Alice Cooper's touring guitarist reflects on her first solo tour and the rise of women in rock.
When Nita Strauss was 15, it was awkward for her to go to a guitar store to get strings. Employees wanted to know whom she was buying them for -- her dad, brother, boyfriend -- and what kind of guitar they played.
When she was rising up the ranks, she would show up to a gig with her guitar, only to later be told by a security guard that the girls needed to leave so the band could have its space. A venue employee ignorant of Strauss’s musician status even asked her to leave her own dressing room.
Seventeen years later, the rock landscape certainly has changed.
“It’s not weird to go into Guitar Center to ask for strings anymore,” Strauss tells Billboard while at a New Jersey tour stop. “I’ve had a front-row seat to watch this change happen. Now it’s totally normal to have girls in a band or have an all-female band. And there’s a guitar hero that looks like everybody. There are Asian guitar heroes and black guitar heroes and female guitar heroes and gay and lesbian guitar heroes. Any little kid that wants to have someone to look up to that looks like them has that hero. I think that’s amazing.”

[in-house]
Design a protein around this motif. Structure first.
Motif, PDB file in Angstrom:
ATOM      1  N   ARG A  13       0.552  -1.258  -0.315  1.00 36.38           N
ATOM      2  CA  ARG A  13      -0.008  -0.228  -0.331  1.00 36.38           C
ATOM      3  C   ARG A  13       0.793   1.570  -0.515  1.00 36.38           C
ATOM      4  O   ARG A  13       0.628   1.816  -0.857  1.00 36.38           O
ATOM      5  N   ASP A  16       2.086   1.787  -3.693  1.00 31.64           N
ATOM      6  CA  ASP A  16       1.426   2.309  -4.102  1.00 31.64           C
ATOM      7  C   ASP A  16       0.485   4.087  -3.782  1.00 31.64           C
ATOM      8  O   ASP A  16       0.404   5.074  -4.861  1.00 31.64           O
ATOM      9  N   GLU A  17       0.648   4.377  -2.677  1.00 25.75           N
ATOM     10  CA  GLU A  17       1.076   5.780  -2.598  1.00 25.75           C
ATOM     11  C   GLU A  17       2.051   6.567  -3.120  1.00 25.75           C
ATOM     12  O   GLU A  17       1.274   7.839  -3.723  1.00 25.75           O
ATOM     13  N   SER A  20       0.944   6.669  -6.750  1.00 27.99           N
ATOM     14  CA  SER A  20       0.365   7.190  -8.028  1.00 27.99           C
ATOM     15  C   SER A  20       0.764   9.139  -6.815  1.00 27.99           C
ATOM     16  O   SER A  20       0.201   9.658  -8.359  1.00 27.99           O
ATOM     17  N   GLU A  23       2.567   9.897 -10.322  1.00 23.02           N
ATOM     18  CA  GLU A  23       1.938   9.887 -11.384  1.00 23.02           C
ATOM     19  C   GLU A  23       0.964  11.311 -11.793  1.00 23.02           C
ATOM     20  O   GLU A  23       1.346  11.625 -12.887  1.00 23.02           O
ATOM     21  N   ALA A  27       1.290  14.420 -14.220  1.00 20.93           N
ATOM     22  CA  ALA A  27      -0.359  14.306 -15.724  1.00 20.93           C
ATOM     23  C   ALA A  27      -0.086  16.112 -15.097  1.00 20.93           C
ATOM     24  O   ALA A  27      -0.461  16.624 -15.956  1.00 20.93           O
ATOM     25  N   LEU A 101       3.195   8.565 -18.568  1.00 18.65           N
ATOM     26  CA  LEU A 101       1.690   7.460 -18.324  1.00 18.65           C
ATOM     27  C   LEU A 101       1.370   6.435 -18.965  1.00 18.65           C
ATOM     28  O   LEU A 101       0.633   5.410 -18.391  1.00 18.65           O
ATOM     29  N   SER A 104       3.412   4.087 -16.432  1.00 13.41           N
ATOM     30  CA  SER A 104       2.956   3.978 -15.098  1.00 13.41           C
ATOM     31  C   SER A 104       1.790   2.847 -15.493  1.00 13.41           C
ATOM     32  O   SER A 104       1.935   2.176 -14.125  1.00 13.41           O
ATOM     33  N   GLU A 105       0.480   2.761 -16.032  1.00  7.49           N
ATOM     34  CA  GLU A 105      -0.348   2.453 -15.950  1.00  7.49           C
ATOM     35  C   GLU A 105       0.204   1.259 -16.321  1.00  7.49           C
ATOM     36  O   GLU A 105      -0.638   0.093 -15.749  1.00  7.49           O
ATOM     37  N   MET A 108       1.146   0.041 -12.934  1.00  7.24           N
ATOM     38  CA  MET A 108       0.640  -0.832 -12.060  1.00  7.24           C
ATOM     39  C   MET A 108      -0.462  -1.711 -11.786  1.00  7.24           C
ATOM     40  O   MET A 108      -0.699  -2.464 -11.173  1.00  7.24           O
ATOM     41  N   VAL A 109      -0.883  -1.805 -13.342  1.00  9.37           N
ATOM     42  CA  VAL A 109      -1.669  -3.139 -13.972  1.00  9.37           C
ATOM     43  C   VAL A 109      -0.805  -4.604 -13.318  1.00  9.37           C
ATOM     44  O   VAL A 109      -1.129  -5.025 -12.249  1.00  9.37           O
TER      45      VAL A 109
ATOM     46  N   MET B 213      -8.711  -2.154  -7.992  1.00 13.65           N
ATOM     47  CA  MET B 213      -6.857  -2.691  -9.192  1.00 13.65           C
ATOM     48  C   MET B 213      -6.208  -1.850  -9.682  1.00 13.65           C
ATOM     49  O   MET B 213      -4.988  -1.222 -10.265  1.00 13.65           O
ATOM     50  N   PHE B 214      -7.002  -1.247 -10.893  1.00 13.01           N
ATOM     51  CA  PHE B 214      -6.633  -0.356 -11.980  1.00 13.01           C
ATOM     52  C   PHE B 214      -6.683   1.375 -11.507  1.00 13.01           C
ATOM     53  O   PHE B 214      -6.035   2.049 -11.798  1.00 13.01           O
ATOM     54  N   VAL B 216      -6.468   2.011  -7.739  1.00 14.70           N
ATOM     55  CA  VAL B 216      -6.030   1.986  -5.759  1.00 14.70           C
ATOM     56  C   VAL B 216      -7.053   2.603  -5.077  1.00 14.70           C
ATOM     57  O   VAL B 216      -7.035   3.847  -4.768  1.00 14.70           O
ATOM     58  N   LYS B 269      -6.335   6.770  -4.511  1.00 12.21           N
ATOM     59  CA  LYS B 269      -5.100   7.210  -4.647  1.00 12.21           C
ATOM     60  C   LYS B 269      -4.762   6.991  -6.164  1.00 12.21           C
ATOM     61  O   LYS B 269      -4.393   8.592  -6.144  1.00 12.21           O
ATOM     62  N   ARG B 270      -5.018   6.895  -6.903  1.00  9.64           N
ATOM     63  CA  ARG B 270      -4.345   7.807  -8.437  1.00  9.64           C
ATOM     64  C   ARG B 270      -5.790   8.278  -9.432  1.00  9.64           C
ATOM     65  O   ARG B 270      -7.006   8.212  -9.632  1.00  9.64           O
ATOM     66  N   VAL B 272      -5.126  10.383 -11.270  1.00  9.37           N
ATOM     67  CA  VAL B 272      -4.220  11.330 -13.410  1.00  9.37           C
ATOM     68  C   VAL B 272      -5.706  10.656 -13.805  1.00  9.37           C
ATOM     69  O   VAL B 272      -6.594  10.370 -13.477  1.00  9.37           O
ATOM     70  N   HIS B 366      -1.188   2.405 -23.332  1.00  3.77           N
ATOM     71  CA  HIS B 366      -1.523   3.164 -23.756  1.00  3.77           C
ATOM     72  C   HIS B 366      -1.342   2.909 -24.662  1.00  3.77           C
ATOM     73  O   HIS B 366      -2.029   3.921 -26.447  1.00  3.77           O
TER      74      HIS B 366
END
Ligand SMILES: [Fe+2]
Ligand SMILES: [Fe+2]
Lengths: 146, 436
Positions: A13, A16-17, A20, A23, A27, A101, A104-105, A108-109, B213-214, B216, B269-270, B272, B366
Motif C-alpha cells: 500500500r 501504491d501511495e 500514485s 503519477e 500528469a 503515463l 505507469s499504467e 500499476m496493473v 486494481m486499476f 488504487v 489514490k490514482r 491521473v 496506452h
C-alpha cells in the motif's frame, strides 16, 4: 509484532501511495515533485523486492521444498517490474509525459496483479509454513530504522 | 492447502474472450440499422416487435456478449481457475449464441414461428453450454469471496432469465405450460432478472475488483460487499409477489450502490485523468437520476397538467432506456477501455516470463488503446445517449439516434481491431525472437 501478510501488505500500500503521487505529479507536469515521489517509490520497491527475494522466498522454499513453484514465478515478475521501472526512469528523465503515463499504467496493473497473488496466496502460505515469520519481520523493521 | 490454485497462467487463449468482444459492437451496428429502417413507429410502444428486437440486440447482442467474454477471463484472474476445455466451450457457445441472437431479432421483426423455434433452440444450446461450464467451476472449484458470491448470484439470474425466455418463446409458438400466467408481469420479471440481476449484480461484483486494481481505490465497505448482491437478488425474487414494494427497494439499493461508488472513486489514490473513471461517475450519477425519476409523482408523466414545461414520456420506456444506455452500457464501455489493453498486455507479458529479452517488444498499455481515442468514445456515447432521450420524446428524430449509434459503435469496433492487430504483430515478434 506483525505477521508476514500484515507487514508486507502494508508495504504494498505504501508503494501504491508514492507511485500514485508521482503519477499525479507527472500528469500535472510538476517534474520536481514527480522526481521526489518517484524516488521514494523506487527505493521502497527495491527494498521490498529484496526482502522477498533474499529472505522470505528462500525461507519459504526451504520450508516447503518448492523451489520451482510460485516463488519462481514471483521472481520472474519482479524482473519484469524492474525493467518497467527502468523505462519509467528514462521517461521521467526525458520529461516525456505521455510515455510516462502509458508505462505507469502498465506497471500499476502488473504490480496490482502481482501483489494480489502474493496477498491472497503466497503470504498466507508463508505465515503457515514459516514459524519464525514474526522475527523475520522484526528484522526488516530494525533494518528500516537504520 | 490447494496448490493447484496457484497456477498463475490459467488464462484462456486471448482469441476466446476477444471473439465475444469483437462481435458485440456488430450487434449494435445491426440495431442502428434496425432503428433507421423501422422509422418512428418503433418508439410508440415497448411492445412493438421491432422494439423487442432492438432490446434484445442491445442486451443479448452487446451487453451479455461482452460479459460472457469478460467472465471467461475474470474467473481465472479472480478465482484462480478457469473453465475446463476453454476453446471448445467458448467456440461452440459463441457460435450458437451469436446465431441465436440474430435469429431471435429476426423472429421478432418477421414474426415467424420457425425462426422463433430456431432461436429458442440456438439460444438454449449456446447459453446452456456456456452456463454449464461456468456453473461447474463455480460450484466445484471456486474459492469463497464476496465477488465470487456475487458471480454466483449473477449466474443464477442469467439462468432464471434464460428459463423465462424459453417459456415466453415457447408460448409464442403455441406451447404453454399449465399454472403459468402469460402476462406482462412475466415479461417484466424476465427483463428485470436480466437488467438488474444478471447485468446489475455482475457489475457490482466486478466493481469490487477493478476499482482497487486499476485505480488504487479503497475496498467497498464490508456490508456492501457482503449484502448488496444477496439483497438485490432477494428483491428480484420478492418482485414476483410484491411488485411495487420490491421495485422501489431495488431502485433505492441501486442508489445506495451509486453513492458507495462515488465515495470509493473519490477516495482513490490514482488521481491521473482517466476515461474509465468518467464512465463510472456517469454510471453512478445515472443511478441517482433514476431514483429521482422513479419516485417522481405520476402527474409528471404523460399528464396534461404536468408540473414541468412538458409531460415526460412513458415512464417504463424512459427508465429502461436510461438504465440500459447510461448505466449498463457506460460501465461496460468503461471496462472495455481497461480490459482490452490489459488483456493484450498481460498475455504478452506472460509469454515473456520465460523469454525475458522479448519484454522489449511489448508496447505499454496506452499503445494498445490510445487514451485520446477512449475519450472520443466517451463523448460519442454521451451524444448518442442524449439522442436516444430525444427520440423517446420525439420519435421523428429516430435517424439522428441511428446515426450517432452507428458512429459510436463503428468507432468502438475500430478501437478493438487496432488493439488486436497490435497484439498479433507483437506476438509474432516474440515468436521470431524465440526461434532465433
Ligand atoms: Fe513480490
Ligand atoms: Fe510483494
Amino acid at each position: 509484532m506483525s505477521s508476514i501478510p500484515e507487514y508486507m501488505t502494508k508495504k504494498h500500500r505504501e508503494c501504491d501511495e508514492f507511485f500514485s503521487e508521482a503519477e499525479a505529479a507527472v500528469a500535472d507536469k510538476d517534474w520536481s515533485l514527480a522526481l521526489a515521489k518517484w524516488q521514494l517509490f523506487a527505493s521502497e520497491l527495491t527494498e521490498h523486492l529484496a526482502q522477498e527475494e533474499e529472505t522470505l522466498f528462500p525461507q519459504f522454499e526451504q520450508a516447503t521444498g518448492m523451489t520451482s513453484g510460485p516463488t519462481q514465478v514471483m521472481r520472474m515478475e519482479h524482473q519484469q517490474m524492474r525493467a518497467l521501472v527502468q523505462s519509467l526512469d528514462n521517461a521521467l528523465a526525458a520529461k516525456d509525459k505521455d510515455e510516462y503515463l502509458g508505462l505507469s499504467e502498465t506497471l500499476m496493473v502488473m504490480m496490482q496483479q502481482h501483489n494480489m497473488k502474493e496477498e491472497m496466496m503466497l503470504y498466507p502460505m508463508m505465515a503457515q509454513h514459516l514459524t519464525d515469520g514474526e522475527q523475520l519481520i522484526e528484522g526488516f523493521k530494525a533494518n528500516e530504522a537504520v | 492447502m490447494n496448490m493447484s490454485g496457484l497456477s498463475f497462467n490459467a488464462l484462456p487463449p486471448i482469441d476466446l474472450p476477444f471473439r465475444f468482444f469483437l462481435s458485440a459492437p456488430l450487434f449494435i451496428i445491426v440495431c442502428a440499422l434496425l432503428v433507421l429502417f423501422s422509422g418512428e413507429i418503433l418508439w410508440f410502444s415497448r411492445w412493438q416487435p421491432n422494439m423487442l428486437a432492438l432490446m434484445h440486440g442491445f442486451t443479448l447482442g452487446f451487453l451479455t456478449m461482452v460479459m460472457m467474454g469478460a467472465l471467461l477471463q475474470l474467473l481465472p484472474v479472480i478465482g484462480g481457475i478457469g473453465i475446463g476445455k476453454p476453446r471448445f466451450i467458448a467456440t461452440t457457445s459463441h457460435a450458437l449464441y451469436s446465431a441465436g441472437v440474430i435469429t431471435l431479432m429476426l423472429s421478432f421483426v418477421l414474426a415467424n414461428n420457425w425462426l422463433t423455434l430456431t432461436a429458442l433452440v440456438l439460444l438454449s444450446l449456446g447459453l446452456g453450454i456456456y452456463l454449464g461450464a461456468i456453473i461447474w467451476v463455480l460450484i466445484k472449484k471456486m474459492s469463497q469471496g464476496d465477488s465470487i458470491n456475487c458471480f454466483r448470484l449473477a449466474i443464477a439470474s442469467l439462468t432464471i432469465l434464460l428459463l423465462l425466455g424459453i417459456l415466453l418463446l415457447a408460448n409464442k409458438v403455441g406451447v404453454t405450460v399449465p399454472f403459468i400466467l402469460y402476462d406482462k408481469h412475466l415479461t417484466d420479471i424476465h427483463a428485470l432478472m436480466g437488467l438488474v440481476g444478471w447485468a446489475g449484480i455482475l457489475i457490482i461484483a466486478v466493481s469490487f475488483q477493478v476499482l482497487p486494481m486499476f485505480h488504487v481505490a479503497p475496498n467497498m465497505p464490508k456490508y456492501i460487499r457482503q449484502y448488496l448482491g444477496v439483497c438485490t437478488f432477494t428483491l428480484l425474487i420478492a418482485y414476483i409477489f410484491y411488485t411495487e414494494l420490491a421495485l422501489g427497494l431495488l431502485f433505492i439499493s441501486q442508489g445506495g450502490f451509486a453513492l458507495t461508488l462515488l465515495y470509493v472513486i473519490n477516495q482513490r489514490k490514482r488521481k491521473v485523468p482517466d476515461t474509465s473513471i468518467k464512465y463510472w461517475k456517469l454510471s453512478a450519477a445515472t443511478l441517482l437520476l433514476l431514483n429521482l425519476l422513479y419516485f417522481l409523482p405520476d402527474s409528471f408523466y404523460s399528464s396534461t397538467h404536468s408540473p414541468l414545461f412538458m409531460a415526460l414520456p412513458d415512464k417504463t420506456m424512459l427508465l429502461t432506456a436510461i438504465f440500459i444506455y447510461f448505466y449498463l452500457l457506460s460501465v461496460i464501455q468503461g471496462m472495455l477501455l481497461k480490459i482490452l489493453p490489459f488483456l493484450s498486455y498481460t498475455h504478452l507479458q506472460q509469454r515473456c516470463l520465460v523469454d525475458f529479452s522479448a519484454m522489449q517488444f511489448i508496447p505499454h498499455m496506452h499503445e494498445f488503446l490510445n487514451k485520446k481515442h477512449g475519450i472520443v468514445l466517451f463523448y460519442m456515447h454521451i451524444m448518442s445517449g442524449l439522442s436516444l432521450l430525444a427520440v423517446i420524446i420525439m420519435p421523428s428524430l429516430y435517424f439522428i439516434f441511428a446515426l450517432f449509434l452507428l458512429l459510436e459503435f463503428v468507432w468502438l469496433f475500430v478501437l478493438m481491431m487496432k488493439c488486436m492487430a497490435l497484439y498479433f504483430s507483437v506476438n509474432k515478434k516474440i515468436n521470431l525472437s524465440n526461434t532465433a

Strauss is in the midst of her first solo headlining tour with a five-piece band -- rhythm guitarist Johnny Young, bassist Christopher Dean, keyboardist Katt Scarlett and drummer Josh Villalta -- in support of her first solo album, Controlled Chaos, which reached No. 1 on Billboard’s Heatseekers Albums chart and No. 6 on the Hard Rock Albums chart. Her live show is mostly instrumental in nature, combining originals with covers.
“It’s 2019. People aren’t going to shows to watch a band play the song exactly like the record,” declares Strauss. “They’re there to be entertained, and I’ve got a great band on tour with me. Everybody onstage is giving 110% the whole show. It’s really, really fun.”